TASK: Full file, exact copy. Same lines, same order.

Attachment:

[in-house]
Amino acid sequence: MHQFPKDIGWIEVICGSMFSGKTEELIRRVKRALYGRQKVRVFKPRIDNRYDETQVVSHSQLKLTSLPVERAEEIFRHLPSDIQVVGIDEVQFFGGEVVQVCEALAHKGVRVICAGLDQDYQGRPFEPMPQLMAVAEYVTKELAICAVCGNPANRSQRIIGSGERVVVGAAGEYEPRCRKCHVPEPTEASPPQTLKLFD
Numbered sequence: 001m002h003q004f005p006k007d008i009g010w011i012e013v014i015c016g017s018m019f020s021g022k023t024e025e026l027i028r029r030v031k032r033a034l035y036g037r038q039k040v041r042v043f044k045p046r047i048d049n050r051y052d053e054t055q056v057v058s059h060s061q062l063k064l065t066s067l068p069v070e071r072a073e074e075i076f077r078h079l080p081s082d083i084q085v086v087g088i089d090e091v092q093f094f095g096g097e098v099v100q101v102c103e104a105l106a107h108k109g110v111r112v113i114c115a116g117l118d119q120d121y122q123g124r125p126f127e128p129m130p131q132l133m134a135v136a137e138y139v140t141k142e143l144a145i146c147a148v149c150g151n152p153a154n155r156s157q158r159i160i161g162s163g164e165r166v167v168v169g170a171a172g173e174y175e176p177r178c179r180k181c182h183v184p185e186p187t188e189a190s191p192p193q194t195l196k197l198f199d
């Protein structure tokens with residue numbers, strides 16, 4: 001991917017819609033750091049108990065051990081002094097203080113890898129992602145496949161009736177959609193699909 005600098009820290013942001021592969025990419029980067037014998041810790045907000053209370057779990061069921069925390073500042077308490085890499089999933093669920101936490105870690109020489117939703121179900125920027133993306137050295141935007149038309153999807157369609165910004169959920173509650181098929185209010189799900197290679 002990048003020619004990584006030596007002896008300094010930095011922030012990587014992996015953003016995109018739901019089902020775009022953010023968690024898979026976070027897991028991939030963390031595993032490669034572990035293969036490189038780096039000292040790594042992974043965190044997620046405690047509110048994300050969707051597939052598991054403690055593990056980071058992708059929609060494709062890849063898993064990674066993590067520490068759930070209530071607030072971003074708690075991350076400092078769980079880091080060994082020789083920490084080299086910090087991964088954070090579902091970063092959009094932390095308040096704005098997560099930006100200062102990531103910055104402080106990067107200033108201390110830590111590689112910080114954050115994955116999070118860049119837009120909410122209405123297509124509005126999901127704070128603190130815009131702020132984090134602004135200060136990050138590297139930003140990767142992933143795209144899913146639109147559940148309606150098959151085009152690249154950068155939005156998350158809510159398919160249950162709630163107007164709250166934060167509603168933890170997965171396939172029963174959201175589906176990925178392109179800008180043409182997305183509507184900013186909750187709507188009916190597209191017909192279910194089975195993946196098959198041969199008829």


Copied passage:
[in-house]
Amino acid sequence: MHQFPKDIGWIEVICGSMFSGKTEELIRRVKRALYGRQKVRVFKPRIDNRYDETQVVSHSQLKLTSLPVERAEEIFRHLPSDIQVVGIDEVQFFGGEVVQVCEALAHKGVRVICAGLDQDYQGRPFEPMPQLMAVAEYVTKELAICAVCGNPANRSQRIIGSGERVVVGAAGEYEPRCRKCHVPEPTEASPPQTLKLFD
Numbered sequence: 001m002h003q004f005p006k007d008i009g010w011i012e013v014i015c016g017s018m019f020s021g022k023t024e025e026l027i028r029r030v031k032r033a034l035y036g037r038q039k040v041r042v043f044k045p046r047i048d049n050r051y052d053e054t055q056v057v058s059h060s061q062l063k064l065t066s067l068p069v070e071r072a073e074e075i076f077r078h079l080p081s082d083i084q085v086v087g088i089d090e091v092q093f094f095g096g097e098v099v100q101v102c103e104a105l106a107h108k109g110v111r112v113i114c115a116g117l118d119q120d121y122q123g124r125p126f127e128p129m130p131q132l133m134a135v136a137e138y139v140t141k142e143l144a145i146c147a148v149c150g151n152p153a154n155r156s157q158r159i160i161g162s163g164e165r166v167v168v169g170a171a172g173e174y175e176p177r178c179r180k181c182h183v184p185e186p187t188e189a190s191p192p193q194t195l196k197l198f199d
């Protein structure tokens with residue numbers, strides 16, 4: 001991917017819609033750091049108990065051990081002094097203080113890898129992602145496949161009736177959609193699909 005600098009820290013942001021592969025990419029980067037014998041810790045907000053209370057779990061069921069925390073500042077308490085890499089999933093669920101936490105870690109020489117939703121179900125920027133993306137050295141935007149038309153999807157369609165910004169959920173509650181098929185209010189799900197290679 002990048003020619004990584006030596007002896008300094010930095011922030012990587014992996015953003016995109018739901019089902020775009022953010023968690024898979026976070027897991028991939030963390031595993032490669034572990035293969036490189038780096039000292040790594042992974043965190044997620046405690047509110048994300050969707051597939052598991054403690055593990056980071058992708059929609060494709062890849063898993064990674066993590067520490068759930070209530071607030072971003074708690075991350076400092078769980079880091080060994082020789083920490084080299086910090087991964088954070090579902091970063092959009094932390095308040096704005098997560099930006100200062102990531103910055104402080106990067107200033108201390110830590111590689112910080114954050115994955116999070118860049119837009120909410122209405123297509124509005126999901127704070128603190130815009131702020132984090134602004135200060136990050138590297139930003140990767142992933143795209144899913146639109147559940148309606150098959151085009152690249154950068155939005156998350158809510159398919160249950162709630163107007164709250166934060167509603168933890170997965171396939172029963174959201175589906176990925178392109179800008180043409182997305183509507184900013186909750187709507188009916190597209191017909192279910194089975195993946196098959198041969199008829």